Divorce and child custody in Ukraine. Family law in Ukraine| V.Reshetov and Partners law firm in Ukraine

Introductory note: this article has resulted from our experience of working with foreign clients and their children after or during the divorce. Every case was unique and required a different legal approach.

If you face an issue of custody or guardianship of a child, please address our lawyers as soon as possible. Your discussing the issue now may well help you resolve the difficulty in the future. 

What custody of a child means?

The word combination of child custody, sole custody or sole responsibility are used by foreign parents when explaining to a Ukrainian lawyer what they want to be granted as a result of court proceedings. But the essence of these words in Ukraine and abroad is completely different.

Custody, according to an English law dictionary, is the legal right or duty to take care of or keep a child, which may be granted by a court to a parent after divorce or as a result of court proceedings.

The Ukrainian legislation gives us the word ‘opika’ but with a different meaning.

Opika and pikluvannia (custody and guardianship) are a special form of state-provided care of underage children deprived of their parental care. It can be provided for the upbringing of underage children who are left without parental care due to their parents’ death or illness, or if their parents’ parental rights were terminated. 

As we can see, the Ukrainian legislation regards custody as granting of the parental rights to third persons, who are not parents of a child, and it is possible only when the child was left without his/her parents’ care.   

What can one do about parental rights and duties in Ukraine?

In Ukraine, both father and mother have equal rights and duties towards their children regardless of their being or not in a marriage with one another. Termination of a marriage or parents living separately from a child does not affect the scope of their parental rights and does not relieve their duties towards their child.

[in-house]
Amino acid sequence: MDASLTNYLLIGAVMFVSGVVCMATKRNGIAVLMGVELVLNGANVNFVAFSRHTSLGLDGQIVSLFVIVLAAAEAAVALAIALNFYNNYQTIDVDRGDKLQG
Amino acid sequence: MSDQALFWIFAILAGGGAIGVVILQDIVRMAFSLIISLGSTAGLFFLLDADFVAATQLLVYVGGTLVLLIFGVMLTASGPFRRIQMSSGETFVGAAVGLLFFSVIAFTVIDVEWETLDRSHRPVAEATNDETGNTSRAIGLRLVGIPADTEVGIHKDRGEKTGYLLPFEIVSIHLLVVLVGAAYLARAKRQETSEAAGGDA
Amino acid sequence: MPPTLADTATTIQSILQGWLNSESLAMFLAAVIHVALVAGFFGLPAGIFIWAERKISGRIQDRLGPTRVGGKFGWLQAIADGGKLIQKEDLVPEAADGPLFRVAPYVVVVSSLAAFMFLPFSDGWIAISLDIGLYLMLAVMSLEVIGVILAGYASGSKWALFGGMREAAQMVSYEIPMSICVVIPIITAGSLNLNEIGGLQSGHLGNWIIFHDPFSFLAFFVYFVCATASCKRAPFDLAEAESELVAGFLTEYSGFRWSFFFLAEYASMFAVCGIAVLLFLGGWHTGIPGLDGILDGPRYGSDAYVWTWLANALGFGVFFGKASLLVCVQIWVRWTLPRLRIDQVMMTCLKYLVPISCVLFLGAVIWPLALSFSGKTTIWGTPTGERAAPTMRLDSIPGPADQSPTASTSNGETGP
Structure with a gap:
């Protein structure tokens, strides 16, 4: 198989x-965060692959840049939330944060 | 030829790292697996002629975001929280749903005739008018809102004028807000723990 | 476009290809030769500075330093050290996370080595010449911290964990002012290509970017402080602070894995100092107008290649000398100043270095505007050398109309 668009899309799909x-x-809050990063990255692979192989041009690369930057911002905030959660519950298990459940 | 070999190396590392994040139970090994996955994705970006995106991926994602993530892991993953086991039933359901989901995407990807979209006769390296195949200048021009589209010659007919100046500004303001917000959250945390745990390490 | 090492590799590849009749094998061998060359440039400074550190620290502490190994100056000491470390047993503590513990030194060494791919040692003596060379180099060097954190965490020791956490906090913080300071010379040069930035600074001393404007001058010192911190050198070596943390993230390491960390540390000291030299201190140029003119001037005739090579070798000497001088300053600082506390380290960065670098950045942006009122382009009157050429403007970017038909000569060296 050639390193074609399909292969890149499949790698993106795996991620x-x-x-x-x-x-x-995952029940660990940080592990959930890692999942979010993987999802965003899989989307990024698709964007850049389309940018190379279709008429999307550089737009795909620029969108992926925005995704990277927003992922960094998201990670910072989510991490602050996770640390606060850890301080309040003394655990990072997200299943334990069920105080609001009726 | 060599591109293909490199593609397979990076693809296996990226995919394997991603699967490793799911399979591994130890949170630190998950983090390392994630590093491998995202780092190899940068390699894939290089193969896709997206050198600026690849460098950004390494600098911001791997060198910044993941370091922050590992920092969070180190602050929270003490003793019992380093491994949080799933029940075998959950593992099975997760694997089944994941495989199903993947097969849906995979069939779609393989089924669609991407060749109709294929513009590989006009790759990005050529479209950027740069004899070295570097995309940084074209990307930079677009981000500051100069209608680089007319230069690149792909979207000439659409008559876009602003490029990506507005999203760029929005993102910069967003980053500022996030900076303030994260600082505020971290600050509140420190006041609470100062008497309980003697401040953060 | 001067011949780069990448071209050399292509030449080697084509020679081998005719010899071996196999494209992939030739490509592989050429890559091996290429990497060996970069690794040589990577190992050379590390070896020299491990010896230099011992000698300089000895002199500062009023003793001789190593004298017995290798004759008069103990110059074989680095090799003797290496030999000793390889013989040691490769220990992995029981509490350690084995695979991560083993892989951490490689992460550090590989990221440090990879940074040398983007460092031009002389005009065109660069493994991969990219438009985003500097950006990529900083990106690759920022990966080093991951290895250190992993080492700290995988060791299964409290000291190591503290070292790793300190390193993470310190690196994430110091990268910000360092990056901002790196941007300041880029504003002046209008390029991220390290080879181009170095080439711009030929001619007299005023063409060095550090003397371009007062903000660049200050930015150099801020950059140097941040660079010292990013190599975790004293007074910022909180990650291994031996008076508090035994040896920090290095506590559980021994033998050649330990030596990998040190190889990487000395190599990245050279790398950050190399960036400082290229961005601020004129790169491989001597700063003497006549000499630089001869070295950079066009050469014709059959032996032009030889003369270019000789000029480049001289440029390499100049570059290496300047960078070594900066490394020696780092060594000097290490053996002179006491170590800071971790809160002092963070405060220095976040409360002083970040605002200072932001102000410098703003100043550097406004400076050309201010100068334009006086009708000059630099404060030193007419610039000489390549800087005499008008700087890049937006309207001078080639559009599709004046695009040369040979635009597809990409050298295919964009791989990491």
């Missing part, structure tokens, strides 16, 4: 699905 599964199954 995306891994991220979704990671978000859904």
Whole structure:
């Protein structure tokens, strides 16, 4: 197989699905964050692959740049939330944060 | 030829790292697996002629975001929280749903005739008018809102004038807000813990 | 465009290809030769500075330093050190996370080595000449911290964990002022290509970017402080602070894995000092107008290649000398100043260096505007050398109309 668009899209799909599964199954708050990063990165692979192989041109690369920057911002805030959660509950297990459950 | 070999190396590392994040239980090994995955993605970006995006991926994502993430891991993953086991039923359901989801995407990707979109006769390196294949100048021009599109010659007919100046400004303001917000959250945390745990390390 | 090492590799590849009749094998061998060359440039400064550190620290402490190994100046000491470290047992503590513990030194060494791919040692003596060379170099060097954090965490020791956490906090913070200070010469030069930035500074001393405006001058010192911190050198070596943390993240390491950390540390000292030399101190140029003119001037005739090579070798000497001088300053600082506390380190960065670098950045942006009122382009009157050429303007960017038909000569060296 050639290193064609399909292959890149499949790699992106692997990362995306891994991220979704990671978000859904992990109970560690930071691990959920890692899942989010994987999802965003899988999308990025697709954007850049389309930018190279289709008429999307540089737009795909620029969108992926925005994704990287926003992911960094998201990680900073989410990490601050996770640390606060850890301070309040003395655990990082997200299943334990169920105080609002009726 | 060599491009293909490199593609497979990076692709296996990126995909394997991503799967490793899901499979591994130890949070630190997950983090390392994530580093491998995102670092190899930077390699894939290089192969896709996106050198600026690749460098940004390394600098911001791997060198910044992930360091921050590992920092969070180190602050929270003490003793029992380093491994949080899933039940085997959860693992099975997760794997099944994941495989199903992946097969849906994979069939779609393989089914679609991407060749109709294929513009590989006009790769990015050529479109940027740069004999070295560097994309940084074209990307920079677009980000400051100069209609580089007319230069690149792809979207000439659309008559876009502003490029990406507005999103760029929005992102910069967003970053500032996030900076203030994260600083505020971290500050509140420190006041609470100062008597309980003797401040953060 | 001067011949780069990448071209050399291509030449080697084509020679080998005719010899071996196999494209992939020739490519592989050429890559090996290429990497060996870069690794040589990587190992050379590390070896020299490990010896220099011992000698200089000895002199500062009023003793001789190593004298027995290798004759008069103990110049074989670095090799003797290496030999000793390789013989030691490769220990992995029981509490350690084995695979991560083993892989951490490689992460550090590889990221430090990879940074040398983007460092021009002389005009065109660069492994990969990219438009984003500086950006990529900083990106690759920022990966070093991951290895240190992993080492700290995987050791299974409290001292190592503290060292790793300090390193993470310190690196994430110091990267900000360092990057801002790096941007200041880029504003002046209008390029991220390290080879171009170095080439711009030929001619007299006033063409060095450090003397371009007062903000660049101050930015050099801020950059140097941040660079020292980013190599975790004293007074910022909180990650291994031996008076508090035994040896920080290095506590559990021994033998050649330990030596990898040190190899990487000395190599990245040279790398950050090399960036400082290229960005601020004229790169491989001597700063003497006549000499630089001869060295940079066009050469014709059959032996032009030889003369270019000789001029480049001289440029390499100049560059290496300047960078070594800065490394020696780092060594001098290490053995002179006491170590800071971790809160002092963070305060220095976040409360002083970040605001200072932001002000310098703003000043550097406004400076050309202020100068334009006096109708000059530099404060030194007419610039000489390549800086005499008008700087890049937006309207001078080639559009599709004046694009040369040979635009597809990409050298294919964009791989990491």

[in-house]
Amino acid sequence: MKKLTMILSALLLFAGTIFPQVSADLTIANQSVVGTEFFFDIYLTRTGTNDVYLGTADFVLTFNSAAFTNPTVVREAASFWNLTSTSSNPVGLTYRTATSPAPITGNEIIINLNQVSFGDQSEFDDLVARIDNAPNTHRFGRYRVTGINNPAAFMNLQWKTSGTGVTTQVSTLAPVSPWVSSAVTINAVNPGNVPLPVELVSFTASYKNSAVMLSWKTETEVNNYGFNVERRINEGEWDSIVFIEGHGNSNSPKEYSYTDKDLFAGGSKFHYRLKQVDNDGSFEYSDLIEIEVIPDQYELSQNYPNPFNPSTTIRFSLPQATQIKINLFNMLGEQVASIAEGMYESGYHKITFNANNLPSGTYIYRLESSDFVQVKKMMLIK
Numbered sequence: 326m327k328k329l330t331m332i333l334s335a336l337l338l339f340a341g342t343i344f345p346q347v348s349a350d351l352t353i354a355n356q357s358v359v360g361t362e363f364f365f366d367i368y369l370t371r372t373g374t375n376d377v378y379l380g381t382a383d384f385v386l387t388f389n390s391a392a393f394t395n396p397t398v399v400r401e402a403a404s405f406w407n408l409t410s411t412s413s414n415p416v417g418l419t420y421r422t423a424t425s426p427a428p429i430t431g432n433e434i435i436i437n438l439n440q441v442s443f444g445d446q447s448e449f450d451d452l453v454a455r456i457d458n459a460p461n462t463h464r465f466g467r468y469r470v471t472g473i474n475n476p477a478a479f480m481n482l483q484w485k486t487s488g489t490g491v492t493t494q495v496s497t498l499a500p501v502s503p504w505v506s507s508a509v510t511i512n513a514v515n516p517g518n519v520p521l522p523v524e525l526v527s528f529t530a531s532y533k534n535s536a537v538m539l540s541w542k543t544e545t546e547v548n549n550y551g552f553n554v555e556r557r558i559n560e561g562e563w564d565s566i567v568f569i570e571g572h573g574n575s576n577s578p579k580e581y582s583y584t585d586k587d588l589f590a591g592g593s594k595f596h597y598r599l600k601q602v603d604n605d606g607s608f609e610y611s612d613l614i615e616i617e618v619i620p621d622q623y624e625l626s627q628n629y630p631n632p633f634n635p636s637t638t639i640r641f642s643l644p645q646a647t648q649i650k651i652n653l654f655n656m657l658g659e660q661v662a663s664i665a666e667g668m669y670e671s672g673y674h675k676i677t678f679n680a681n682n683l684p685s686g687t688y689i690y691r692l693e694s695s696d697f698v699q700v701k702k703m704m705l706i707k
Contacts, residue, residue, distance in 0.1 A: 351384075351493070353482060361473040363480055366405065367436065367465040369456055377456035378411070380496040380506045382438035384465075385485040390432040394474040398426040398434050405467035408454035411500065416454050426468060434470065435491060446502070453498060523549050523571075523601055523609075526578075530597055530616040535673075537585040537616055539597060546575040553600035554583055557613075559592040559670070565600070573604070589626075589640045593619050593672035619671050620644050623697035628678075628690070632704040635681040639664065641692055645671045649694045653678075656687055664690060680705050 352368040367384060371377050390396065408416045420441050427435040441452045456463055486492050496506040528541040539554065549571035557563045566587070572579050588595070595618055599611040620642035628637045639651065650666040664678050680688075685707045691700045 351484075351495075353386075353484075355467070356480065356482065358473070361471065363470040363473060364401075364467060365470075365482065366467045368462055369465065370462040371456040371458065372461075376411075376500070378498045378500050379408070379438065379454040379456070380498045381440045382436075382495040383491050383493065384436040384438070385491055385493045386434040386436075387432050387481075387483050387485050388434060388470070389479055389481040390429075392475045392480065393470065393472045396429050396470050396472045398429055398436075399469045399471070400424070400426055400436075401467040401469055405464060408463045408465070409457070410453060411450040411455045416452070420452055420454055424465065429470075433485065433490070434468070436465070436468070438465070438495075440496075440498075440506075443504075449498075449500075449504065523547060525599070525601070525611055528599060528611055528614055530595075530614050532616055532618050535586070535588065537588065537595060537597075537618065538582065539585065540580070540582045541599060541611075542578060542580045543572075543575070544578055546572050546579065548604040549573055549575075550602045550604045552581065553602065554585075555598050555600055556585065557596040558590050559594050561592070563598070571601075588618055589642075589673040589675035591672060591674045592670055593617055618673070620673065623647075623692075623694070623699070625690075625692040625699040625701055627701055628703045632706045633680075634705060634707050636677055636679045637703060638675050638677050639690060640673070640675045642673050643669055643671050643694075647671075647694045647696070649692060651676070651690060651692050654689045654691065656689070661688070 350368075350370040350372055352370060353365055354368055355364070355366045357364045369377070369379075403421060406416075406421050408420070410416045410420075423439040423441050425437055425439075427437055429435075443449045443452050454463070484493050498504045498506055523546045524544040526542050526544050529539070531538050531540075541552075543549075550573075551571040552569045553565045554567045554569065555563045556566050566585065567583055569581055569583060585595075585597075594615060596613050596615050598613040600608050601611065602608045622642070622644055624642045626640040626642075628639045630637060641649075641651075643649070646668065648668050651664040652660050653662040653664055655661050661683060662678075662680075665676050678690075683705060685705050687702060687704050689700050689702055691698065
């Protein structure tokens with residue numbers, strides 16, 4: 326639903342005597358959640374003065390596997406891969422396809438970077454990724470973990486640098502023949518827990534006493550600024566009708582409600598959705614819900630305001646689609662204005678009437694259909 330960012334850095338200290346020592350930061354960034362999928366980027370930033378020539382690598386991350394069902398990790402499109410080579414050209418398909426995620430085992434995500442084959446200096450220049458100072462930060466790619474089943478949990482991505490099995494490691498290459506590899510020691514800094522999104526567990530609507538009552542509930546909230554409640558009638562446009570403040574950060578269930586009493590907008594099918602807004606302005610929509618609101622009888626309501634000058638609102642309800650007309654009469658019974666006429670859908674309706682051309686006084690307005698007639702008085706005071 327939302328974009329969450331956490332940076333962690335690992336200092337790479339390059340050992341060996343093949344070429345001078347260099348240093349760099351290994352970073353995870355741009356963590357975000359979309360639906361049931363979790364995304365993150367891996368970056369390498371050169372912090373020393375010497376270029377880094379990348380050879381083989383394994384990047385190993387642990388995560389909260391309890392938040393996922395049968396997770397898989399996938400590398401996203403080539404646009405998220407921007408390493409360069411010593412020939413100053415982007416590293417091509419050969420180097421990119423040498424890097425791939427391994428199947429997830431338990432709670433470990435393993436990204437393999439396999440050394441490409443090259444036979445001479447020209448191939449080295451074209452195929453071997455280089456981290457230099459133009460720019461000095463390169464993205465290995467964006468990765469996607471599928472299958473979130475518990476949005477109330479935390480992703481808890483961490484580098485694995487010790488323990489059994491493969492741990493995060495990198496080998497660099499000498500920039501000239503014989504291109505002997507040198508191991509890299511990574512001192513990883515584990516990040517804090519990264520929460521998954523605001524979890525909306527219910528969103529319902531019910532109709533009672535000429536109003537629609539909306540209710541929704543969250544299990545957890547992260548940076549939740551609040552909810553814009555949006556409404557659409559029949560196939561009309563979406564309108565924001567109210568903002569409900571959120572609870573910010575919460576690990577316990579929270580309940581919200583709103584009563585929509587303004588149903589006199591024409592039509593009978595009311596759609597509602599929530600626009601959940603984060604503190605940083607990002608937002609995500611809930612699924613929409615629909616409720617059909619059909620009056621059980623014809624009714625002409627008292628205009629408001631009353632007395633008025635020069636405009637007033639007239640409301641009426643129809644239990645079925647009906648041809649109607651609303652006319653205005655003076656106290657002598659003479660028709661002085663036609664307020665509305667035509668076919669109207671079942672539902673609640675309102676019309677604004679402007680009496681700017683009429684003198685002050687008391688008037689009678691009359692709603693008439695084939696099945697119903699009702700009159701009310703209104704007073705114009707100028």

What happens when parents have equal rights towards their child but they have different views on the child's upbringing?

Yes, parents have equal rights but after divorce, they may find themselves in somewhat uneven conditions in respect of their child. Often it appears that the decisions about the child are taken solely by the parent living with the child. And it has become common practice that if the other parent does not agree with infringement of his/her parental rights there is no other way than bringing a claim to court.  

How are disputable issues about children settled?

Such issues may be resolved either by concluding an amicable agreement certified by a notary or in court.  If the other parent breaches your agreement about the child’s upbringing, you can claim that the child lives with you.

What can disputable issues be settled in court?

The most common issues to be considered by the court regarding a child are:

  • access to the child or in what way a parent takes part in the child’s upbringing, place and time of their communication;
  • a place where the child should live;
  • taking the child away from third persons (not parents);
  • termination of parental rights;
  • permission to take the child abroad without getting the other parent’s consent or accompanying;
  • returning the child abroad at his/her permanent residence if he/she was kidnapped by the other parent;
  • taking the child away from the other parent without termination of the latter’s parental rights; 

The key factor that gives an advantage to a parent is the issue of who the child was left to live with after a divorce. If a child lives with a parent for a long time, goes to school, is used to his/her usual situation, it is rather difficult to claim to for a change of the child’s residence. If it happens so that a divorce is unavoidable and the children issue will emerge for sure, it is much advisable to think it over beforehand. 

What is better joint or sole custody of a child?

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